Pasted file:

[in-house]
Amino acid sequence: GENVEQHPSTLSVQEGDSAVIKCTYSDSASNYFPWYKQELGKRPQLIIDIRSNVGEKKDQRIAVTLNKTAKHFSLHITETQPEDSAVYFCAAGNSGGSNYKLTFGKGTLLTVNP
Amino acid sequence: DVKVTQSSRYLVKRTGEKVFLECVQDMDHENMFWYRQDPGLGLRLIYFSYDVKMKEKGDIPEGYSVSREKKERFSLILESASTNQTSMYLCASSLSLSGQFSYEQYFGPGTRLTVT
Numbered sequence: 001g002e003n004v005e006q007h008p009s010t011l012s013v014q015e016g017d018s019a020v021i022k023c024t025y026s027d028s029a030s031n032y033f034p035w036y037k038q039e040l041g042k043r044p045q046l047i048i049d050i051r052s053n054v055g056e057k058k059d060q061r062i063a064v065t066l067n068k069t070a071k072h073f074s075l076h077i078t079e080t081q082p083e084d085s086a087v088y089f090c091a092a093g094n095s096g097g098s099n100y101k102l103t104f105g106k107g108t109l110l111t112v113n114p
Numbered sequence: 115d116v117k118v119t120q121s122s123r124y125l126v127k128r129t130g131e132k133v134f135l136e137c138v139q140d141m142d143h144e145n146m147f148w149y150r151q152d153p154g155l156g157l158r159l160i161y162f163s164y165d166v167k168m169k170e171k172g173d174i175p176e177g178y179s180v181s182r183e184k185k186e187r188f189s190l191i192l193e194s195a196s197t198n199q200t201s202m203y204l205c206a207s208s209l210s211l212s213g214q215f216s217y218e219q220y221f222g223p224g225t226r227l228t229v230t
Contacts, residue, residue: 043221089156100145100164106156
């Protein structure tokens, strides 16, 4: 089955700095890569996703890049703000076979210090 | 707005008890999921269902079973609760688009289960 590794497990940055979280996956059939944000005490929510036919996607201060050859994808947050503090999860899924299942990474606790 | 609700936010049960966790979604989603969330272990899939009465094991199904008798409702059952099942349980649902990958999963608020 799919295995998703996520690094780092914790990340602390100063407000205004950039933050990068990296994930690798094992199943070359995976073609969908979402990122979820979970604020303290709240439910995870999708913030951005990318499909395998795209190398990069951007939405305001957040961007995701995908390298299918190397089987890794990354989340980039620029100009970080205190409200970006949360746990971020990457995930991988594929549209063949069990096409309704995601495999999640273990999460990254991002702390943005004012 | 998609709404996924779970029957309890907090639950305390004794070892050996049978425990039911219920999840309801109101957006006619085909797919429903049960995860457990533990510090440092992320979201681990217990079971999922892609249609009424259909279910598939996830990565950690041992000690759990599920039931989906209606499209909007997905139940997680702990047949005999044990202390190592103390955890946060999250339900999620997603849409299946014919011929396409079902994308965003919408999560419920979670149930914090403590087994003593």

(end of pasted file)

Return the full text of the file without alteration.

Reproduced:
[in-house]
Amino acid sequence: GENVEQHPSTLSVQEGDSAVIKCTYSDSASNYFPWYKQELGKRPQLIIDIRSNVGEKKDQRIAVTLNKTAKHFSLHITETQPEDSAVYFCAAGNSGGSNYKLTFGKGTLLTVNP
Amino acid sequence: DVKVTQSSRYLVKRTGEKVFLECVQDMDHENMFWYRQDPGLGLRLIYFSYDVKMKEKGDIPEGYSVSREKKERFSLILESASTNQTSMYLCASSLSLSGQFSYEQYFGPGTRLTVT
Numbered sequence: 001g002e003n004v005e006q007h008p009s010t011l012s013v014q015e016g017d018s019a020v021i022k023c024t025y026s027d028s029a030s031n032y033f034p035w036y037k038q039e040l041g042k043r044p045q046l047i048i049d050i051r052s053n054v055g056e057k058k059d060q061r062i063a064v065t066l067n068k069t070a071k072h073f074s075l076h077i078t079e080t081q082p083e084d085s086a087v088y089f090c091a092a093g094n095s096g097g098s099n100y101k102l103t104f105g106k107g108t109l110l111t112v113n114p
Numbered sequence: 115d116v117k118v119t120q121s122s123r124y125l126v127k128r129t130g131e132k133v134f135l136e137c138v139q140d141m142d143h144e145n146m147f148w149y150r151q152d153p154g155l156g157l158r159l160i161y162f163s164y165d166v167k168m169k170e171k172g173d174i175p176e177g178y179s180v181s182r183e184k185k186e187r188f189s190l191i192l193e194s195a196s197t198n199q200t201s202m203y204l205c206a207s208s209l210s211l212s213g214q215f216s217y218e219q220y221f222g223p224g225t226r227l228t229v230t
Contacts, residue, residue: 043221089156100145100164106156
């Protein structure tokens, strides 16, 4: 089955700095890569996703890049703000076979210090 | 707005008890999921269902079973609760688009289960 590794497990940055979280996956059939944000005490929510036919996607201060050859994808947050503090999860899924299942990474606790 | 609700936010049960966790979604989603969330272990899939009465094991199904008798409702059952099942349980649902990958999963608020 799919295995998703996520690094780092914790990340602390100063407000205004950039933050990068990296994930690798094992199943070359995976073609969908979402990122979820979970604020303290709240439910995870999708913030951005990318499909395998795209190398990069951007939405305001957040961007995701995908390298299918190397089987890794990354989340980039620029100009970080205190409200970006949360746990971020990457995930991988594929549209063949069990096409309704995601495999999640273990999460990254991002702390943005004012 | 998609709404996924779970029957309890907090639950305390004794070892050996049978425990039911219920999840309801109101957006006619085909797919429903049960995860457990533990510090440092992320979201681990217990079971999922892609249609009424259909279910598939996830990565950690041992000690759990599920039931989906209606499209909007997905139940997680702990047949005999044990202390190592103390955890946060999250339900999620997603849409299946014919011929396409079902994308965003919408999560419920979670149930914090403590087994003593």